Glazes on the early pieces had a slight bluish-green tinge.
The name was changed to the Royal Danish Porcelain Manufactury in 1779, and became known as Royal Copenhagen.
In Denmark the chemist Frantz Henrich Mller has put his heart and soul into the enterprise.
The company adopted three waved lines—which represent Denmark’s three straits, Øresund, Store Bælt and Lille Bælt—as its trademark.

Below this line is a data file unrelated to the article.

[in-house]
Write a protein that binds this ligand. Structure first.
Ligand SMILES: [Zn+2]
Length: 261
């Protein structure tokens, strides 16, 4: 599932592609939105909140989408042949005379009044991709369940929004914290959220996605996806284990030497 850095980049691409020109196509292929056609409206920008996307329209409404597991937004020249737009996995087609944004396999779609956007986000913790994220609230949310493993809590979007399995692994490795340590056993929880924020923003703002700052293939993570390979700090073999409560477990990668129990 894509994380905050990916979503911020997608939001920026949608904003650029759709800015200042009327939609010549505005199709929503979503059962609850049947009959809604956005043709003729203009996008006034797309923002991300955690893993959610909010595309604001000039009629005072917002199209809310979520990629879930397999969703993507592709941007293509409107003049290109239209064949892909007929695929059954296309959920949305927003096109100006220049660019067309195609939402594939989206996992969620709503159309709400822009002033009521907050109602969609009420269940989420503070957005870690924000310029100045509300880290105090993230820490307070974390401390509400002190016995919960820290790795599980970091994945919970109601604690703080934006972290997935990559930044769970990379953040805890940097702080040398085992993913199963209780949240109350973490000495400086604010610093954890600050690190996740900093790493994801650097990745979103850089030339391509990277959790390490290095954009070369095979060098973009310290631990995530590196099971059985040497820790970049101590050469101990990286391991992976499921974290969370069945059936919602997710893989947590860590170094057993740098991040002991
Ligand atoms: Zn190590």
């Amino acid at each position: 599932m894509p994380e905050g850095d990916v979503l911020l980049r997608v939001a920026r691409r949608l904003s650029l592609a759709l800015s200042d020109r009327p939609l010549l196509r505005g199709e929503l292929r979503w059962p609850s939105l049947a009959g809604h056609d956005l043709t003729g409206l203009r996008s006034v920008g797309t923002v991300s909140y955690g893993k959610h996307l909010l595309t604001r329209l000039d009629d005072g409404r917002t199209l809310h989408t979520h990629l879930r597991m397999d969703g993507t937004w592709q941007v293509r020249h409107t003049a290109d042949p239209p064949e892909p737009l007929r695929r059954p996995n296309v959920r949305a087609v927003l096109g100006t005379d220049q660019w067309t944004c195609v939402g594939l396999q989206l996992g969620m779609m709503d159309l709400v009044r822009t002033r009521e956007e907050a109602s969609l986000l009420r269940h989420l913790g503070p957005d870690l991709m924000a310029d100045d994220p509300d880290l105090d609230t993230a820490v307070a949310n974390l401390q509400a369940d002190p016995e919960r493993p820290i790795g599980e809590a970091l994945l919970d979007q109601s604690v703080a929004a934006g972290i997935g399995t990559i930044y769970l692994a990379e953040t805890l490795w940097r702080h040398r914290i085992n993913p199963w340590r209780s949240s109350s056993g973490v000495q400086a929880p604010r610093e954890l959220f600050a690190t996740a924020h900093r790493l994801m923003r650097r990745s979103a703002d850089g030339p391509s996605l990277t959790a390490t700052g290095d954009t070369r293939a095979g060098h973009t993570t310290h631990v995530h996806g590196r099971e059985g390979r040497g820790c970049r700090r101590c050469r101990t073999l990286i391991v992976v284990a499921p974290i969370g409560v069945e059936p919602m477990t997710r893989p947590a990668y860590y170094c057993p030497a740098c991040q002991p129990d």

Royal Copenhagen struggled financially as it experimented with porcelain making until the absolute monarch King Christian VII took over the company in 1779 to guarantee its survival.
It wasn’t until the early 18th century that kaolin was discovered in Germany outside Colditz and Aue, and European potteries set about experimenting with making their own true hard-paste porcelain dinnerware.
Following in the footsteps of German potteries like Meissen, Danish chemist Franz Henrich Mueller founded the Royal Copenhagen porcelain factory in 1775 under the protection of Queen Juliane Marie.